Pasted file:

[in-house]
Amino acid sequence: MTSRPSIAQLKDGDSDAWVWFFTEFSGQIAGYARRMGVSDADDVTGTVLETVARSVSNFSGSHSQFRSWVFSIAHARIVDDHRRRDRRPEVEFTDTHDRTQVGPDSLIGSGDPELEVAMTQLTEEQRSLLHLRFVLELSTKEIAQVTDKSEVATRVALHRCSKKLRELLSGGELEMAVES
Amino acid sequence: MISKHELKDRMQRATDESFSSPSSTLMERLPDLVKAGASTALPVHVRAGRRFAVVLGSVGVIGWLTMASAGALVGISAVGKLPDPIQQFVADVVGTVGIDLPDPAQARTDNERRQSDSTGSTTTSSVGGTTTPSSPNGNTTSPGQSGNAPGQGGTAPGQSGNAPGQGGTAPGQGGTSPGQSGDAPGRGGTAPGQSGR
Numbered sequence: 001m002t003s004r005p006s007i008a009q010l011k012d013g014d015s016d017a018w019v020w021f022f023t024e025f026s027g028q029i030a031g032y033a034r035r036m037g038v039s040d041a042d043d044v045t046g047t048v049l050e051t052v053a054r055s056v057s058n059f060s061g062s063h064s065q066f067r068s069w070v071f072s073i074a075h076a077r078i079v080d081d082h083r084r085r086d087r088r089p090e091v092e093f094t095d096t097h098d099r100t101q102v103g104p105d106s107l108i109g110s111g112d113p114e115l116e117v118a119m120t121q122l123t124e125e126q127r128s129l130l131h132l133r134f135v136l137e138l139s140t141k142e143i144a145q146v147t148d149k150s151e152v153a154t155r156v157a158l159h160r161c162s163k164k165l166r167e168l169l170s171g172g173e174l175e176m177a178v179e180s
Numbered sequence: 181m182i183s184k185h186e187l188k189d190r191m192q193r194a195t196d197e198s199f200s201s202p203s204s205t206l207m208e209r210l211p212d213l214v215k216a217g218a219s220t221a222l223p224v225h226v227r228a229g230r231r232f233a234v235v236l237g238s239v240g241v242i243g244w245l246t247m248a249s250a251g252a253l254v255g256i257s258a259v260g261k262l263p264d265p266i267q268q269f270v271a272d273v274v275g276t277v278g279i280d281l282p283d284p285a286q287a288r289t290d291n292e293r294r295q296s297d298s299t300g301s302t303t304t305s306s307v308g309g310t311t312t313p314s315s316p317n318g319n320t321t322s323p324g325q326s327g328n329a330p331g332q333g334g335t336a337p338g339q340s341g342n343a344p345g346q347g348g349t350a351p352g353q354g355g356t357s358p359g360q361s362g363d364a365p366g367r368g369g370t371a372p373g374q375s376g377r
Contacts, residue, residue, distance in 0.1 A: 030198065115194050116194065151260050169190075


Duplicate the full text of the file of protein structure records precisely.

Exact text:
[in-house]
Amino acid sequence: MTSRPSIAQLKDGDSDAWVWFFTEFSGQIAGYARRMGVSDADDVTGTVLETVARSVSNFSGSHSQFRSWVFSIAHARIVDDHRRRDRRPEVEFTDTHDRTQVGPDSLIGSGDPELEVAMTQLTEEQRSLLHLRFVLELSTKEIAQVTDKSEVATRVALHRCSKKLRELLSGGELEMAVES
Amino acid sequence: MISKHELKDRMQRATDESFSSPSSTLMERLPDLVKAGASTALPVHVRAGRRFAVVLGSVGVIGWLTMASAGALVGISAVGKLPDPIQQFVADVVGTVGIDLPDPAQARTDNERRQSDSTGSTTTSSVGGTTTPSSPNGNTTSPGQSGNAPGQGGTAPGQSGNAPGQGGTAPGQGGTSPGQSGDAPGRGGTAPGQSGR
Numbered sequence: 001m002t003s004r005p006s007i008a009q010l011k012d013g014d015s016d017a018w019v020w021f022f023t024e025f026s027g028q029i030a031g032y033a034r035r036m037g038v039s040d041a042d043d044v045t046g047t048v049l050e051t052v053a054r055s056v057s058n059f060s061g062s063h064s065q066f067r068s069w070v071f072s073i074a075h076a077r078i079v080d081d082h083r084r085r086d087r088r089p090e091v092e093f094t095d096t097h098d099r100t101q102v103g104p105d106s107l108i109g110s111g112d113p114e115l116e117v118a119m120t121q122l123t124e125e126q127r128s129l130l131h132l133r134f135v136l137e138l139s140t141k142e143i144a145q146v147t148d149k150s151e152v153a154t155r156v157a158l159h160r161c162s163k164k165l166r167e168l169l170s171g172g173e174l175e176m177a178v179e180s
Numbered sequence: 181m182i183s184k185h186e187l188k189d190r191m192q193r194a195t196d197e198s199f200s201s202p203s204s205t206l207m208e209r210l211p212d213l214v215k216a217g218a219s220t221a222l223p224v225h226v227r228a229g230r231r232f233a234v235v236l237g238s239v240g241v242i243g244w245l246t247m248a249s250a251g252a253l254v255g256i257s258a259v260g261k262l263p264d265p266i267q268q269f270v271a272d273v274v275g276t277v278g279i280d281l282p283d284p285a286q287a288r289t290d291n292e293r294r295q296s297d298s299t300g301s302t303t304t305s306s307v308g309g310t311t312t313p314s315s316p317n318g319n320t321t322s323p324g325q326s327g328n329a330p331g332q333g334g335t336a337p338g339q340s341g342n343a344p345g346q347g348g349t350a351p352g353q354g355g356t357s358p359g360q361s362g363d364a365p366g367r368g369g370t371a372p373g374q375s376g377r
Contacts, residue, residue, distance in 0.1 A: 030198065115194050116194065151260050169190075